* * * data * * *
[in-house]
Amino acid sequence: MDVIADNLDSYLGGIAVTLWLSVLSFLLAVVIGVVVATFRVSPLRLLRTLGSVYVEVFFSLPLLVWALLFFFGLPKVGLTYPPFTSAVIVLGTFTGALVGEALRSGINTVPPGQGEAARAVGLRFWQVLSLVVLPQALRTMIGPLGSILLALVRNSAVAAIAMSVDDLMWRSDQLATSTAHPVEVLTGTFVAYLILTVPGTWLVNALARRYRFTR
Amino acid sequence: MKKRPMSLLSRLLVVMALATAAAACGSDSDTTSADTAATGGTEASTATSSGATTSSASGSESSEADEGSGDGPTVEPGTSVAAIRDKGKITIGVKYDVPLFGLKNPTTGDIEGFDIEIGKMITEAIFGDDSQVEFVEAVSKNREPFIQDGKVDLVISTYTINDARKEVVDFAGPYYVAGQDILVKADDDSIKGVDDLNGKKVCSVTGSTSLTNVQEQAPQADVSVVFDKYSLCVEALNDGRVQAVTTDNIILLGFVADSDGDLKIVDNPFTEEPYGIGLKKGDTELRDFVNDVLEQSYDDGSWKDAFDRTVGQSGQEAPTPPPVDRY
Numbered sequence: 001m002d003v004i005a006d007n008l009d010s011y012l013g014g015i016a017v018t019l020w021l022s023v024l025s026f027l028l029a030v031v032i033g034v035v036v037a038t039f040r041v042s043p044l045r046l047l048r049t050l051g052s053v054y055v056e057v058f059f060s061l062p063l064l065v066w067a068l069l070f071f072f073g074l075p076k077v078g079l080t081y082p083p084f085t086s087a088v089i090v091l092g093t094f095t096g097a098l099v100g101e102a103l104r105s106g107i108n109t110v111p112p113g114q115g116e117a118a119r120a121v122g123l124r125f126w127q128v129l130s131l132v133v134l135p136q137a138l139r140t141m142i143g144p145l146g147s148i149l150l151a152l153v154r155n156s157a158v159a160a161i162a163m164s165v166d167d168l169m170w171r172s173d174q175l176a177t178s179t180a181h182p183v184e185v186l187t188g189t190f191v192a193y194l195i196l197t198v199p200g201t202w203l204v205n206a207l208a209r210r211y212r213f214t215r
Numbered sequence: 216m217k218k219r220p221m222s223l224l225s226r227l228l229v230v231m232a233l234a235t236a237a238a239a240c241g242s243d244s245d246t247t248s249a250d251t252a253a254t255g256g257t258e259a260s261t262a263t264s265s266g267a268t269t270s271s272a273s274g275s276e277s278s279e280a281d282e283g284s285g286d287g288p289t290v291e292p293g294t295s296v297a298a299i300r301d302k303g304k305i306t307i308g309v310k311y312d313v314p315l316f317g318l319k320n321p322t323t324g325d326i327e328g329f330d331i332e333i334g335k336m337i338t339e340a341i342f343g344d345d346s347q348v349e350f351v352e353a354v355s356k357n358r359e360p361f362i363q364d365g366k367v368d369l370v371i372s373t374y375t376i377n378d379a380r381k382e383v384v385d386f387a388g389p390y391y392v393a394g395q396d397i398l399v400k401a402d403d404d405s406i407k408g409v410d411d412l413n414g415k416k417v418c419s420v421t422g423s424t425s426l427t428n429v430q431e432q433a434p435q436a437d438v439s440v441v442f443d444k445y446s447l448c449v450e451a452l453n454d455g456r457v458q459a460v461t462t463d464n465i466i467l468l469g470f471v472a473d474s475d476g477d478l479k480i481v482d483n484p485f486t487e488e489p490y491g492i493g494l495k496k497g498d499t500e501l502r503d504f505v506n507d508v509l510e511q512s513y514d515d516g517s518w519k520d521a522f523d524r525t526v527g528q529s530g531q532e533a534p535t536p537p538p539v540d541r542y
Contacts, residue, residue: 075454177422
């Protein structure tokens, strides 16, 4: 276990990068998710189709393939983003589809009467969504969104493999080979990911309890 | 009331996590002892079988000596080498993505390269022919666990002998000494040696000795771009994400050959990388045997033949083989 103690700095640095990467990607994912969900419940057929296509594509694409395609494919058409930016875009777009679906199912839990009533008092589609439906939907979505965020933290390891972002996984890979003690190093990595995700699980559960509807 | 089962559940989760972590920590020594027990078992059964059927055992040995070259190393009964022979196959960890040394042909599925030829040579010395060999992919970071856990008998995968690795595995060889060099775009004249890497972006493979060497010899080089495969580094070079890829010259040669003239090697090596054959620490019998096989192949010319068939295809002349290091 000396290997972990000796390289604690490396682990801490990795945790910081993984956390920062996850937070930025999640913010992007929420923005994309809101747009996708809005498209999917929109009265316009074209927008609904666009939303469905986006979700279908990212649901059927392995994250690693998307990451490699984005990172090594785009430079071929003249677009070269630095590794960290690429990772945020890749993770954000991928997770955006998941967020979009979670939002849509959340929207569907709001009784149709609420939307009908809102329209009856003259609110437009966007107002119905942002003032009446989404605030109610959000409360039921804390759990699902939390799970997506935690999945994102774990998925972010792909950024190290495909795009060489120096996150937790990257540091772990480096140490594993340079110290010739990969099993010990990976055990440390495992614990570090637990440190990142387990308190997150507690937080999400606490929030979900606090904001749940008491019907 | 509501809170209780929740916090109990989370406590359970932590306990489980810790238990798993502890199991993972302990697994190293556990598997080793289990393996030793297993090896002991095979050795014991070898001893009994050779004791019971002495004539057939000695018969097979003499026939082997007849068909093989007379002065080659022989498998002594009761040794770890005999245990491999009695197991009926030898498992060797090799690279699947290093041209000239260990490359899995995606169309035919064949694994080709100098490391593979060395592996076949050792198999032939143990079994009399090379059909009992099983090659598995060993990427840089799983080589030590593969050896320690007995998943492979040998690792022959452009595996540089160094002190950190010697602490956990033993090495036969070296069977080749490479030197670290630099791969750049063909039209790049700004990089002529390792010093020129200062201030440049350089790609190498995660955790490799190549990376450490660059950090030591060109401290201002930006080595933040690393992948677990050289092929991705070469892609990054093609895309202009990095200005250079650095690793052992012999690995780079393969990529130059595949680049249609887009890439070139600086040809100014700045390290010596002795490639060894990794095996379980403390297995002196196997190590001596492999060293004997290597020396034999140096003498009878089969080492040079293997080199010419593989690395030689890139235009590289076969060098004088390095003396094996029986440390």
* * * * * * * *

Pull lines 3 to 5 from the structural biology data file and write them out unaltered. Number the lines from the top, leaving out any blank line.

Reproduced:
Amino acid sequence: MKKRPMSLLSRLLVVMALATAAAACGSDSDTTSADTAATGGTEASTATSSGATTSSASGSESSEADEGSGDGPTVEPGTSVAAIRDKGKITIGVKYDVPLFGLKNPTTGDIEGFDIEIGKMITEAIFGDDSQVEFVEAVSKNREPFIQDGKVDLVISTYTINDARKEVVDFAGPYYVAGQDILVKADDDSIKGVDDLNGKKVCSVTGSTSLTNVQEQAPQADVSVVFDKYSLCVEALNDGRVQAVTTDNIILLGFVADSDGDLKIVDNPFTEEPYGIGLKKGDTELRDFVNDVLEQSYDDGSWKDAFDRTVGQSGQEAPTPPPVDRY
Numbered sequence: 001m002d003v004i005a006d007n008l009d010s011y012l013g014g015i016a017v018t019l020w021l022s023v024l025s026f027l028l029a030v031v032i033g034v035v036v037a038t039f040r041v042s043p044l045r046l047l048r049t050l051g052s053v054y055v056e057v058f059f060s061l062p063l064l065v066w067a068l069l070f071f072f073g074l075p076k077v078g079l080t081y082p083p084f085t086s087a088v089i090v091l092g093t094f095t096g097a098l099v100g101e102a103l104r105s106g107i108n109t110v111p112p113g114q115g116e117a118a119r120a121v122g123l124r125f126w127q128v129l130s131l132v133v134l135p136q137a138l139r140t141m142i143g144p145l146g147s148i149l150l151a152l153v154r155n156s157a158v159a160a161i162a163m164s165v166d167d168l169m170w171r172s173d174q175l176a177t178s179t180a181h182p183v184e185v186l187t188g189t190f191v192a193y194l195i196l197t198v199p200g201t202w203l204v205n206a207l208a209r210r211y212r213f214t215r
Numbered sequence: 216m217k218k219r220p221m222s223l224l225s226r227l228l229v230v231m232a233l234a235t236a237a238a239a240c241g242s243d244s245d246t247t248s249a250d251t252a253a254t255g256g257t258e259a260s261t262a263t264s265s266g267a268t269t270s271s272a273s274g275s276e277s278s279e280a281d282e283g284s285g286d287g288p289t290v291e292p293g294t295s296v297a298a299i300r301d302k303g304k305i306t307i308g309v310k311y312d313v314p315l316f317g318l319k320n321p322t323t324g325d326i327e328g329f330d331i332e333i334g335k336m337i338t339e340a341i342f343g344d345d346s347q348v349e350f351v352e353a354v355s356k357n358r359e360p361f362i363q364d365g366k367v368d369l370v371i372s373t374y375t376i377n378d379a380r381k382e383v384v385d386f387a388g389p390y391y392v393a394g395q396d397i398l399v400k401a402d403d404d405s406i407k408g409v410d411d412l413n414g415k416k417v418c419s420v421t422g423s424t425s426l427t428n429v430q431e432q433a434p435q436a437d438v439s440v441v442f443d444k445y446s447l448c449v450e451a452l453n454d455g456r457v458q459a460v461t462t463d464n465i466i467l468l469g470f471v472a473d474s475d476g477d478l479k480i481v482d483n484p485f486t487e488e489p490y491g492i493g494l495k496k497g498d499t500e501l502r503d504f505v506n507d508v509l510e511q512s513y514d515d516g517s518w519k520d521a522f523d524r525t526v527g528q529s530g531q532e533a534p535t536p537p538p539v540d541r542y